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The 2015 cyber attacks on the industrial control systems of several power distribution companies in Ukraine that knocked out power for six hours began with a phishing campaign over a year before and could have been stopped with the most common infosec strategy: Defence in depth.

That’s the conclusion of a recent report by U.S. consulting firm Booze Allen Hamilton into what is believed to be the first time malicious actors had successfully – and publicly – disrupted power stations.

The outage was also one of the few known cyber attacks against a SCADA (supervisory control and data acquisition) system.

“This attack was exceptionally well organized and executed” the report says, but the tools to mitigate and minimize the impact aren’t difficult to implement. It argues defence in depth on industrial and SCADA networks defenders “can effectively address similar threats.” by increasing the likelihood of detection.

The report could be used by operators of ICS and SCADA networks in many industies to plan for defending against cyber attacks

On Dec. 15, 2015 hackers remotely logged into workstations at a Ukraine power distribution company and, clicking through commands in the operator control system, shut off breakers one by one; at the same time attacked two other distribution companies, plunging some 220,000 businesses and households into darkness for six hours.

In a serious of unique, discrete steps, the threat actors – widely believed to be from Russia – deployed a specially modified version of the BlackEnergy malware, gained access to targeted corporate networks, stole valid credentials, moved into the operators’ control environment, identified specific targets and remotely disrupted the power supply.

“Each task was a missed opportunity for defenders to block.” says the report, which relied on public information and malware analysis of the tools used, and some educated inferences, “to block, frustrate or discover the attackers operations before they reached their final objectives.”

But steps like security awareness training, network segmentation, networking monitoring, access control including two-factor authentication and threat intelligence should have been vital parts of a wide-reaching defense strategy.

“The Ukraine incident also demonstrates that no single mitigation can prevent an attacks success,” it adds.

The power distribution attacks were part of a larger campaign against Ukrainian infrastructure including railways, broadcasters and the government.

It appears to have started at least as far back as May 2014 with a phishing campaign that forged sender addresses and weaponized Microsoft Word attachments to drop the BlackEnergy remote access trojan. The report assumes the attackers did some information gathering from public sources, and perhaps scanned perimeter devices.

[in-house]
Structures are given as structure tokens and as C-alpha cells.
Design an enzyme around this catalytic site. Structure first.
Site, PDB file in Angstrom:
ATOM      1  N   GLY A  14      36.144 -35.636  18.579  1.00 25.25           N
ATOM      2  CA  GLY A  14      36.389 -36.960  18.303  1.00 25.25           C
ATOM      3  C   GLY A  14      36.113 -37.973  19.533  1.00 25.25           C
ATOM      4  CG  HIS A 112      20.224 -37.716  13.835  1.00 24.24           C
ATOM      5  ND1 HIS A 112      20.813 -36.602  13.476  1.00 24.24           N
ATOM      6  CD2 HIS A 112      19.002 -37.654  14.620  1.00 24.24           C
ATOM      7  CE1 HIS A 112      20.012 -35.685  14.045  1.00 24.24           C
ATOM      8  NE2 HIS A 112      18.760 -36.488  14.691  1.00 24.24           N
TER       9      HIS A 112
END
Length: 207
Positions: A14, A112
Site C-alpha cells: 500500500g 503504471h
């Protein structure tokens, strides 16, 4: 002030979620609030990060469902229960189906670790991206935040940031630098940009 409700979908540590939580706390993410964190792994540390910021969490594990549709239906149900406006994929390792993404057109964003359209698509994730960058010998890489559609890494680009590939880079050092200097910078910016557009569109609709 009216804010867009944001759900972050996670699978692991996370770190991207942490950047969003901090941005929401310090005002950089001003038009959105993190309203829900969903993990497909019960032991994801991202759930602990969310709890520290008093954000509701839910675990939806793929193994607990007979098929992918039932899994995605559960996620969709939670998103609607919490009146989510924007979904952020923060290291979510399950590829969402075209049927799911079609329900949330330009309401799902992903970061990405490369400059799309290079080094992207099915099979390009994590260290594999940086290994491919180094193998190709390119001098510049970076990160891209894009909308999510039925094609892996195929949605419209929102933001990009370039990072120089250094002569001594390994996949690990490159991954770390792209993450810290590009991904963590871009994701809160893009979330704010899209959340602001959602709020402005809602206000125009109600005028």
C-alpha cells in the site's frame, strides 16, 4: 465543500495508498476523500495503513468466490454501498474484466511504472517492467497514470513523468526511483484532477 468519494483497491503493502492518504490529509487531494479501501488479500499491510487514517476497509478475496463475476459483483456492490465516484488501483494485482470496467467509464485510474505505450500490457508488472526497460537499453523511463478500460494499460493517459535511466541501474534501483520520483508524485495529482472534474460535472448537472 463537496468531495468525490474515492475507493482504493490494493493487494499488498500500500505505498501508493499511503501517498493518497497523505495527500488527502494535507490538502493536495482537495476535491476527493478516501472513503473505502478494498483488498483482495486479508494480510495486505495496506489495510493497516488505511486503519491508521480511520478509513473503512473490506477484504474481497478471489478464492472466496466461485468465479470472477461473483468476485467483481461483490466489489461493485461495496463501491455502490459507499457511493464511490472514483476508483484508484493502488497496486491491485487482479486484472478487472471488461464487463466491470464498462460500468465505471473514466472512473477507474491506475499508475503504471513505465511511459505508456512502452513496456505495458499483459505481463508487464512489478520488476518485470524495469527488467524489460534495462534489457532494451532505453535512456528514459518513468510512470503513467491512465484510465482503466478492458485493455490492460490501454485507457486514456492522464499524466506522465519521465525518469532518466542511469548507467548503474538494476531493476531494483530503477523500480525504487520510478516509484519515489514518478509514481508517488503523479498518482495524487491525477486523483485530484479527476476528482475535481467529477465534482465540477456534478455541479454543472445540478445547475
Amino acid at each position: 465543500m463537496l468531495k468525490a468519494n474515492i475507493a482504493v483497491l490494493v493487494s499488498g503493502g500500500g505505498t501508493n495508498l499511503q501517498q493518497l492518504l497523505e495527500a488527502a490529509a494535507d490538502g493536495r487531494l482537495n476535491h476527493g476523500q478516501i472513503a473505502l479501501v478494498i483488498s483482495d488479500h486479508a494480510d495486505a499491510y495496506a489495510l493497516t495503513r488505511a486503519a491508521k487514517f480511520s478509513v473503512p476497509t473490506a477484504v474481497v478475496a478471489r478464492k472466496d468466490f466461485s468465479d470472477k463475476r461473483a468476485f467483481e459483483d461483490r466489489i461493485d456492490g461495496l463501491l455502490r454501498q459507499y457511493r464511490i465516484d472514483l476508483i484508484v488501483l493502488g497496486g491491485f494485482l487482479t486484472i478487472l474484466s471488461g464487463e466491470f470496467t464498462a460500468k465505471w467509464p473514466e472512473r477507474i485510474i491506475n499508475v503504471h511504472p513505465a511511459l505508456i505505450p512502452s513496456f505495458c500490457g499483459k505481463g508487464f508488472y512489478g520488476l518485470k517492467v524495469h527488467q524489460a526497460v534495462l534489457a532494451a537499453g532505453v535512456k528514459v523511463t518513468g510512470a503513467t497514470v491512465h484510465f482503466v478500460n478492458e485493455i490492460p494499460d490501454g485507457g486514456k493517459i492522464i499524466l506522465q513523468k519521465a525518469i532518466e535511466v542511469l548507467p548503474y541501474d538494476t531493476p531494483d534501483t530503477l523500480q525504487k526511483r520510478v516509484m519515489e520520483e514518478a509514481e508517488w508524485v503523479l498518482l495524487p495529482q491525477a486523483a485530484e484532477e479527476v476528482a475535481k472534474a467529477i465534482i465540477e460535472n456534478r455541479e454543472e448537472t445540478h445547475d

Regardless, at some point employees at each of the three targeted electricity distributors opened the attachments and corrupted their workstations.

The assumption is then the malware communicated with a command and control server, which likely downloaded plugins to enable credential harvesting and internal network reconnaissance. The attackers then gained administrator credentials to access the domain controller, recover additional credentials and create new privileged accounts.

Some time between June 2015 and December the attackers accessed the ICS network including workstations used by managers to control devices, management servers, serial to Ethernet converters for converting serial data from field devices to digital packets, remote terminal units and substation breakers.

A malicious firmware update was created and uploaded for the serial to Ethernet converters, to disrupt communications between those devices and make it hard for operators to restore power after the breakers had been turned off. In addition, the attackers got into the universal backup power supply (UPS) to the telephone communications server and data centre servers and schedule an outage in it the day of the attack.

On that day they modified passwords on some workstations to lock users out, then used their remote access to trip the breakers, and deliver the malicious firmware update to render the converters inoperable as well as sever the connections between the control centre and substations. Workers were forced to manually reset the breakers.

To sow confusion a DDoS attack was launched on a telephone call centre at one of the distributors.

Finally, KillDisk malware uploaded earlier erased the master boot records and deleted system log data on targeted machines across the corporate and ICS network.

Booz Allen says there were many things defenders could have taken at each step that would have at least slowed the attackers and made it more likely they would have been discovered.

The report also includes advice for those running operational ICS networks. One is that cybersecurity professionals don’t always understand the core operatiosn of an ICS network. As a result the infosec team needs to partner with plant operators to udedrstand operational processes.

You can get a copy of the report here. Registration is required.